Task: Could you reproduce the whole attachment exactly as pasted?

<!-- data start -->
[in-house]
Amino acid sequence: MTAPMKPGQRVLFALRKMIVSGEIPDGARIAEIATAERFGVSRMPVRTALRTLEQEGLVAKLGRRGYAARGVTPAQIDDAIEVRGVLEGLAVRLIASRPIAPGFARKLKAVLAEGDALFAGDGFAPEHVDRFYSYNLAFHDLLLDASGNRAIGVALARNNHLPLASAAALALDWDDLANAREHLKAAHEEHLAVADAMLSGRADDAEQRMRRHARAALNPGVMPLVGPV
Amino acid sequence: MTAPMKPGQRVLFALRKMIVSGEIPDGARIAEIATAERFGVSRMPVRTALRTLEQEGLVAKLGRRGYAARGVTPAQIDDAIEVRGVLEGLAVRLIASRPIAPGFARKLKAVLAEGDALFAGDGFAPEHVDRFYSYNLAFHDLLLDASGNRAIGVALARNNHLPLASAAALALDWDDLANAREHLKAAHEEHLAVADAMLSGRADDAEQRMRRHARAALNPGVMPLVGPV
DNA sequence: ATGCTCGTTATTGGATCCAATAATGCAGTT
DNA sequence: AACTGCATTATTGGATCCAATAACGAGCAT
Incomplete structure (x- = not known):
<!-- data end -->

[in-house]
Amino acid sequence: MTAPMKPGQRVLFALRKMIVSGEIPDGARIAEIATAERFGVSRMPVRTALRTLEQEGLVAKLGRRGYAARGVTPAQIDDAIEVRGVLEGLAVRLIASRPIAPGFARKLKAVLAEGDALFAGDGFAPEHVDRFYSYNLAFHDLLLDASGNRAIGVALARNNHLPLASAAALALDWDDLANAREHLKAAHEEHLAVADAMLSGRADDAEQRMRRHARAALNPGVMPLVGPV
Amino acid sequence: MTAPMKPGQRVLFALRKMIVSGEIPDGARIAEIATAERFGVSRMPVRTALRTLEQEGLVAKLGRRGYAARGVTPAQIDDAIEVRGVLEGLAVRLIASRPIAPGFARKLKAVLAEGDALFAGDGFAPEHVDRFYSYNLAFHDLLLDASGNRAIGVALARNNHLPLASAAALALDWDDLANAREHLKAAHEEHLAVADAMLSGRADDAEQRMRRHARAALNPGVMPLVGPV
DNA sequence: ATGCTCGTTATTGGATCCAATAATGCAGTT
DNA sequence: AACTGCATTATTGGATCCAATAACGAGCAT
Incomplete structure (x- = not known):